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How does a bathroom wall assembly dry?

Anukeen Warda | Posted in Energy Efficiency and Durability on

Hello GBA community,

I’m sure this question has been discussed before, but I haven’t been able to find the right search words to find what I’m looking for. If built properly, how does a bathroom wall assembly  dry out?

In my case, I am using DensElement on the exterior, which, like Zip, is weather resistant and air-tight. But it could be any assembly that achieves that. On the interior, we’ll have DenShield or other backerboard, and tiles. Probably Kerdi membrane thrown in there too.

This assembly will be nonpermeable on both sides, like I imagine most new bathroom walls are. So where is the wall supposed to dry to…?

Thanks all
Anu

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Replies

  1. Expert Member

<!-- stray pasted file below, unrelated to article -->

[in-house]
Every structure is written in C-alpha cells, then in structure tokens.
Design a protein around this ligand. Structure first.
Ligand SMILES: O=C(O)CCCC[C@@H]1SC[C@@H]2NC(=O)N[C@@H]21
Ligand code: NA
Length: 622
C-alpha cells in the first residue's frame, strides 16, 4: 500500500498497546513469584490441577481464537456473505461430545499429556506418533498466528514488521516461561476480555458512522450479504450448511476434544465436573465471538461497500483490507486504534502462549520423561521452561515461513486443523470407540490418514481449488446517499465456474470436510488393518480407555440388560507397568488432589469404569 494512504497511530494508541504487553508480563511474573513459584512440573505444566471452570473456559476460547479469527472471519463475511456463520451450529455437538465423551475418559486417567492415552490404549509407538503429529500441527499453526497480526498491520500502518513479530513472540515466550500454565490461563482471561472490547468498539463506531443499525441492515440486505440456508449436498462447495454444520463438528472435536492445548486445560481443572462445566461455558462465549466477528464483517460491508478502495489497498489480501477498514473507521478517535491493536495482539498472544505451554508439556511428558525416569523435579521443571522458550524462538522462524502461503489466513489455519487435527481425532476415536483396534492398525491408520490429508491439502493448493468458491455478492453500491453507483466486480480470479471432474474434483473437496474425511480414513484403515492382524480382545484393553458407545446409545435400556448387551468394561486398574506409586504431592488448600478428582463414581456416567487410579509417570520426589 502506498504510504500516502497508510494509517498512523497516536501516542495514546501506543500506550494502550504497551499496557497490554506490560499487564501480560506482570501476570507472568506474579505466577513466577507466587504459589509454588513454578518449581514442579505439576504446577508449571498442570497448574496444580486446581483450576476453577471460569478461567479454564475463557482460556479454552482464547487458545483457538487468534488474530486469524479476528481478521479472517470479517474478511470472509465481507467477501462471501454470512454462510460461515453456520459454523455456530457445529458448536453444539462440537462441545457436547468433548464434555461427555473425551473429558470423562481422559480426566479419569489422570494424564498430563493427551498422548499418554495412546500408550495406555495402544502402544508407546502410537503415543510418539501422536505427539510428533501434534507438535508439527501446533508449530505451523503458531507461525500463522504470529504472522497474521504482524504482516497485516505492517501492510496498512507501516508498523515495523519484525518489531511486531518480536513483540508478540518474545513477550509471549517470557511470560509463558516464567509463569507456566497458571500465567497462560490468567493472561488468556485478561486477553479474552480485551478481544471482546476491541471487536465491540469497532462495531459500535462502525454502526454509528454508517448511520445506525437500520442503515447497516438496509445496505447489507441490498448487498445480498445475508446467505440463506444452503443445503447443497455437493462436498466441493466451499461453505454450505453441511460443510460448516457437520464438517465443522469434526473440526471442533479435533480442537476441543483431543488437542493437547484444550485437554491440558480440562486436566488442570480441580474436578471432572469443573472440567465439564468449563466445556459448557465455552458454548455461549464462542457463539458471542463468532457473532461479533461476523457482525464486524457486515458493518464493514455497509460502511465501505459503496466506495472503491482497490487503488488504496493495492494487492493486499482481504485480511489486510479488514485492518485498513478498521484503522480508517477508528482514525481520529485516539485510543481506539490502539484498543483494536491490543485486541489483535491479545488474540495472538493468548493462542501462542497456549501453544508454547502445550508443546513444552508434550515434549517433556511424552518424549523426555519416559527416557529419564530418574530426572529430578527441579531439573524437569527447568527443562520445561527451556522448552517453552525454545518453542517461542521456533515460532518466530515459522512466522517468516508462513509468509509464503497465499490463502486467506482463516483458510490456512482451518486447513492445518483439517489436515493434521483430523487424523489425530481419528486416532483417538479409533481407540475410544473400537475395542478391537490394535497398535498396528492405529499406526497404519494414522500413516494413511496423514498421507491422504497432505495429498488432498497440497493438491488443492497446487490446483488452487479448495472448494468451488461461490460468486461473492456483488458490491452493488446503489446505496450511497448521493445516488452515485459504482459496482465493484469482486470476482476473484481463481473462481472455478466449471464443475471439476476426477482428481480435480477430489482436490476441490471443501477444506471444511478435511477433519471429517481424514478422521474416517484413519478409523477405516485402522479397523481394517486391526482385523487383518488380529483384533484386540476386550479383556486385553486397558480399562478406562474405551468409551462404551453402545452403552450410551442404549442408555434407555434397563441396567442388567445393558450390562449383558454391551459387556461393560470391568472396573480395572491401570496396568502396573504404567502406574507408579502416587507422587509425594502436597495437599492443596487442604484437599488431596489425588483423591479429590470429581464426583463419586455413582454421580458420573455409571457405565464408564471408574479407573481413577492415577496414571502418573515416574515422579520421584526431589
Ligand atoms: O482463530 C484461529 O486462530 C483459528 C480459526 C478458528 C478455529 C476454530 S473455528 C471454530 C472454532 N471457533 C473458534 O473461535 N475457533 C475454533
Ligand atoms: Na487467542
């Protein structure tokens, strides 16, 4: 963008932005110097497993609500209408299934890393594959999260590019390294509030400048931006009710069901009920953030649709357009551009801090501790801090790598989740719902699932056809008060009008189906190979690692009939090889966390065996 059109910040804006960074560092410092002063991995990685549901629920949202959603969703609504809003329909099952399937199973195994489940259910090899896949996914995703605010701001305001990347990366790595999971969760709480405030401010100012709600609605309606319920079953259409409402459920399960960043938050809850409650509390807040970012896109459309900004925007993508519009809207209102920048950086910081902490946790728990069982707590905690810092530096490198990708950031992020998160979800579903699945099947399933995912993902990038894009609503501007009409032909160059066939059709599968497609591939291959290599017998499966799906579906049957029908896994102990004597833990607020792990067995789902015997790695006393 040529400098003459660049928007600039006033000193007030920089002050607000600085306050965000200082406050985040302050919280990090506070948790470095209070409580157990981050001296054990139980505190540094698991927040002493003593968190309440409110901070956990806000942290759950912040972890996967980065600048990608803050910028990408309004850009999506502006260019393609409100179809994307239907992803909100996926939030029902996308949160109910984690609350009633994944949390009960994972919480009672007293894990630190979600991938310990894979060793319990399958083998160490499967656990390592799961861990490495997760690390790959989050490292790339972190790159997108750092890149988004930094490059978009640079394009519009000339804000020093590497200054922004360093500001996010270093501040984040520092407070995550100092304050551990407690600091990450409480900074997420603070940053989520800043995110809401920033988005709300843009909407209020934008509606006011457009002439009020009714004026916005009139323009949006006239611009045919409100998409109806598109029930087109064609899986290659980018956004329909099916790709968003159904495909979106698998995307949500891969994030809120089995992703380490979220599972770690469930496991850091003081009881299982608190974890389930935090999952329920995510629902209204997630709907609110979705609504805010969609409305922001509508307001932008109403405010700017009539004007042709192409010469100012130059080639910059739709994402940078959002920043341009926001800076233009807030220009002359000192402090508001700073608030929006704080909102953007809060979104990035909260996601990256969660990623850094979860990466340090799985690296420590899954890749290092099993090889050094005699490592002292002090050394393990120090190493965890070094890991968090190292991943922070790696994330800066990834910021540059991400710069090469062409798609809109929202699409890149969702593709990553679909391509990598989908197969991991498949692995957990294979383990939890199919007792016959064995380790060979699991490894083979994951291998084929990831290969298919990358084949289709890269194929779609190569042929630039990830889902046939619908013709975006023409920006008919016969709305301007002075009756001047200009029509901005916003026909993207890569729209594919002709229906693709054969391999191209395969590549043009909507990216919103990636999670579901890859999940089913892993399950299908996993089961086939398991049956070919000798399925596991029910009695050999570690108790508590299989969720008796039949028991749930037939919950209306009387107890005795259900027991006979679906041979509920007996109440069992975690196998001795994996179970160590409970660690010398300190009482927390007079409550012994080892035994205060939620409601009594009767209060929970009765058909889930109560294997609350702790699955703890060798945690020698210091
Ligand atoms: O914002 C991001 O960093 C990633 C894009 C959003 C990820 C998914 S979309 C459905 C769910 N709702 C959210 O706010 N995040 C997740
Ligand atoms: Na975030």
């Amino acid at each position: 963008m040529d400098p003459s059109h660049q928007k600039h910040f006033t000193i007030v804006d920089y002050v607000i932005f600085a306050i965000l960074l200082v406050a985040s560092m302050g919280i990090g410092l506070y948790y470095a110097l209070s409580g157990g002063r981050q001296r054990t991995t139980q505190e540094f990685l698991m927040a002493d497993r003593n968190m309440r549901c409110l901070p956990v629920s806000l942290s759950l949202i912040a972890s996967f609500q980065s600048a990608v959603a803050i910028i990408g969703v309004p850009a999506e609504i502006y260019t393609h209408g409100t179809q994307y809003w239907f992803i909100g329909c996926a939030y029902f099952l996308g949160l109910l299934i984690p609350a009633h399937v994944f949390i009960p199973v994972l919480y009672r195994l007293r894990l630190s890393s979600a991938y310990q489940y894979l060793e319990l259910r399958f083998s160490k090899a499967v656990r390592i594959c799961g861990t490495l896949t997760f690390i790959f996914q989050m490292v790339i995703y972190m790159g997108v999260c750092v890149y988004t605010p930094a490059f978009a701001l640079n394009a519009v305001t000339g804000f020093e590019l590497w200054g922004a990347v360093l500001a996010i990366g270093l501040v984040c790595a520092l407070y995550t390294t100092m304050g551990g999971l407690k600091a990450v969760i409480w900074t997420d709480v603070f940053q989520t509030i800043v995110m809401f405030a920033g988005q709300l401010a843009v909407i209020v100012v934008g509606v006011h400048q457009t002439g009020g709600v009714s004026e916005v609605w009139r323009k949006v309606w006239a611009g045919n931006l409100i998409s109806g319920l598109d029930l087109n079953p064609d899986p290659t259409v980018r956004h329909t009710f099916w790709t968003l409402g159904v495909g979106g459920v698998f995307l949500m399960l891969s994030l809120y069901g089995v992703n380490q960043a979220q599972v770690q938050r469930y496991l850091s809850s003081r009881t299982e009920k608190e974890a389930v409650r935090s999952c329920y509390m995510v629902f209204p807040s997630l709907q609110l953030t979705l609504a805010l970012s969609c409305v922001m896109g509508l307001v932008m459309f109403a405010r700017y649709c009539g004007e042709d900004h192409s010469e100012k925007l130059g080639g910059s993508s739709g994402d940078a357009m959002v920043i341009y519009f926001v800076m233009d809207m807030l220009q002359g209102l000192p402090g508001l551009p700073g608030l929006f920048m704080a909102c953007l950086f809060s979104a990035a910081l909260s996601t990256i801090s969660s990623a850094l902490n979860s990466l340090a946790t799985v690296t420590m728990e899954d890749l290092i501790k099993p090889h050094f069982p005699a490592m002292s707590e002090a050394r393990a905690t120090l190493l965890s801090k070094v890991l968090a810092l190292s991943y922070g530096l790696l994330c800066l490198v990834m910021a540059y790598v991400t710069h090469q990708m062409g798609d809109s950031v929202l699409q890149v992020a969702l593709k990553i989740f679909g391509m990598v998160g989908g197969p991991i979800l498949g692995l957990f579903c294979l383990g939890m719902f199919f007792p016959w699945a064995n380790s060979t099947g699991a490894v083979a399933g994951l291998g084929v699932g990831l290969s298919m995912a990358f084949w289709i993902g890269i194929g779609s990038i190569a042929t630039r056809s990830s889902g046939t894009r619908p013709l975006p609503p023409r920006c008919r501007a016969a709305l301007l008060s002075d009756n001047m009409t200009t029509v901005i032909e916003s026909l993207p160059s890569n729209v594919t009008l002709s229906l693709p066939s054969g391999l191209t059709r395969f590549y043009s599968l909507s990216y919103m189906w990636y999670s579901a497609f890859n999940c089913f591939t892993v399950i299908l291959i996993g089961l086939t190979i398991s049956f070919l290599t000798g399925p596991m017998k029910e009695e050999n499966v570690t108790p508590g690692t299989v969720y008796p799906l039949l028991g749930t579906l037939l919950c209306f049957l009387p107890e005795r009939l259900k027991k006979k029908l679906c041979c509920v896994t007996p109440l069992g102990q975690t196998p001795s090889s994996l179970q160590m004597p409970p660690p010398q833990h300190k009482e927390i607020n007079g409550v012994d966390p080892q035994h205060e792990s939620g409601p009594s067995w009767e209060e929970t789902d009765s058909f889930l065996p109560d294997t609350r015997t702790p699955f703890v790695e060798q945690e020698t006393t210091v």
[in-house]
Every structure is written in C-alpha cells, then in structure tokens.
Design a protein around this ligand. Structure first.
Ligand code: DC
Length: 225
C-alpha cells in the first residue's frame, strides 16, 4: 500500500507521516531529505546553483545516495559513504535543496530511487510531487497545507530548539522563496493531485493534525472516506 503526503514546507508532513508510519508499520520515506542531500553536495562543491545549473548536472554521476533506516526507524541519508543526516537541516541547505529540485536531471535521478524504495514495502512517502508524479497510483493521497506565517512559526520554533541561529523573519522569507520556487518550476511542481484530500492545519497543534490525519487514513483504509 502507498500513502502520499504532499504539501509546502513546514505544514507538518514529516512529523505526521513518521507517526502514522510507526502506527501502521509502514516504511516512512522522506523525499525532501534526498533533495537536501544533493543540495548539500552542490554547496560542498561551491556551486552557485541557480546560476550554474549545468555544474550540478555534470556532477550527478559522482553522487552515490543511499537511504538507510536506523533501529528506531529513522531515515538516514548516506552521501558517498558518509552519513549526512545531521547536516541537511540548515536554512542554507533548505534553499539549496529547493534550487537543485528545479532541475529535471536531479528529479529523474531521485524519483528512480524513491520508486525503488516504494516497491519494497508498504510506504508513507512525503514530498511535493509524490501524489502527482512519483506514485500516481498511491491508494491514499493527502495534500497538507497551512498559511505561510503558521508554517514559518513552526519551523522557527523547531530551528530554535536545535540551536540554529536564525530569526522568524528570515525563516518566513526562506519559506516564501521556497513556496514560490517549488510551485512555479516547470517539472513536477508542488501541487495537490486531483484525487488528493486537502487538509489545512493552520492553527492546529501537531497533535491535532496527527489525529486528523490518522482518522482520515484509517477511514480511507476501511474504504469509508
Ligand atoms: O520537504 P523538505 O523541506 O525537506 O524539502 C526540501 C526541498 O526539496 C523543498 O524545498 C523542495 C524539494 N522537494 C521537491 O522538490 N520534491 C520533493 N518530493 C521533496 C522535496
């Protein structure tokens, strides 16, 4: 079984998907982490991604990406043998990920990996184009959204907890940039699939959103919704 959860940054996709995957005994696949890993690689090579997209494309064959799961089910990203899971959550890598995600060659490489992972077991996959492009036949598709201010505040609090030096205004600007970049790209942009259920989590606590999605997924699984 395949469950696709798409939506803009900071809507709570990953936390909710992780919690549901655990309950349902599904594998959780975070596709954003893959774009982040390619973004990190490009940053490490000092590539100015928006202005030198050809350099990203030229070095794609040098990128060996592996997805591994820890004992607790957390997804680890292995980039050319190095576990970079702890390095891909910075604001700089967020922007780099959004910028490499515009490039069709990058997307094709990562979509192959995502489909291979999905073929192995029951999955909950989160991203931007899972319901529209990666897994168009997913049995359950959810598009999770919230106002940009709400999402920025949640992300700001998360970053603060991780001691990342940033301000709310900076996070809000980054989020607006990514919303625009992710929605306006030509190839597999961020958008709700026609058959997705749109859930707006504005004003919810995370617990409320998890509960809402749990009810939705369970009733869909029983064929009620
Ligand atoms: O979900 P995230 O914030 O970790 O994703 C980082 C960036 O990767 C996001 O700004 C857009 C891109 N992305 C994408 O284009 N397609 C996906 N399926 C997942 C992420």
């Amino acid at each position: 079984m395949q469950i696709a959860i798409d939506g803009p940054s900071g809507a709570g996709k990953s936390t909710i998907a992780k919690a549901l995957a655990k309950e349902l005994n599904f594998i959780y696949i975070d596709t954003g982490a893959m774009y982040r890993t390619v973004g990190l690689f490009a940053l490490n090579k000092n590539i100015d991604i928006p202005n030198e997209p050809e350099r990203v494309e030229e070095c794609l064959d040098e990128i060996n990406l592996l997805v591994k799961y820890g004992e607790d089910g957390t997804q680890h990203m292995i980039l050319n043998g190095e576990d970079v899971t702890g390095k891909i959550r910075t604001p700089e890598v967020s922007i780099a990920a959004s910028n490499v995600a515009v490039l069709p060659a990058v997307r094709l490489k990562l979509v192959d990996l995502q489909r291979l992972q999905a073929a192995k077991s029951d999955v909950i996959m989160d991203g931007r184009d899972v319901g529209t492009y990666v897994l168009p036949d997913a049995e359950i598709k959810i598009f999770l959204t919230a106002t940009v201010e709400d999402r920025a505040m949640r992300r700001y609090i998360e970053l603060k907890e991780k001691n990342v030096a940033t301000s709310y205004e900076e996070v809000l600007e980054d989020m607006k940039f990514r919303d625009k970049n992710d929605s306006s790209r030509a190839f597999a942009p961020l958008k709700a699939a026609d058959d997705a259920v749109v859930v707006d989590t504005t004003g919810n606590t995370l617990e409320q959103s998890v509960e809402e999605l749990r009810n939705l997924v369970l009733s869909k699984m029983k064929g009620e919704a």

Malcolm Taylor | | #1

    Anu,

    You want your wall assembly to be able to dry to one or both directions. In your case, although DensElement is air-tight, and works as a WRB, it is permeable, so moisture in the walls can dry to the exterior. Most common wall assemblies, like Plywood or OSB covered by building-paper or house-wrap, work in a similar way.

    Where things become more complicated is when impermeable or very low-perm materials (like some foams), preclude drying to the outside. Then it becomes important to ensure that the interior wall surfaces don't impede drying to the inside. These can be paints, wall-paper, large mirrors, or water-proof bathroom wall finishes. Really resilient walls are often designed to dry to both sides if possible.

  2. Jon R | | #2

    In your case, you should be most concerned about Summer and AC - in some cases, you should limit the amount of condensation by reducing exterior permeability to 10-20 perms.

  3. Anukeen Warda | | #3

    I love it. Thanks for the input. Happy to report on using this commercial product (DensElement) on my residence after we install it over the next couple weeks.

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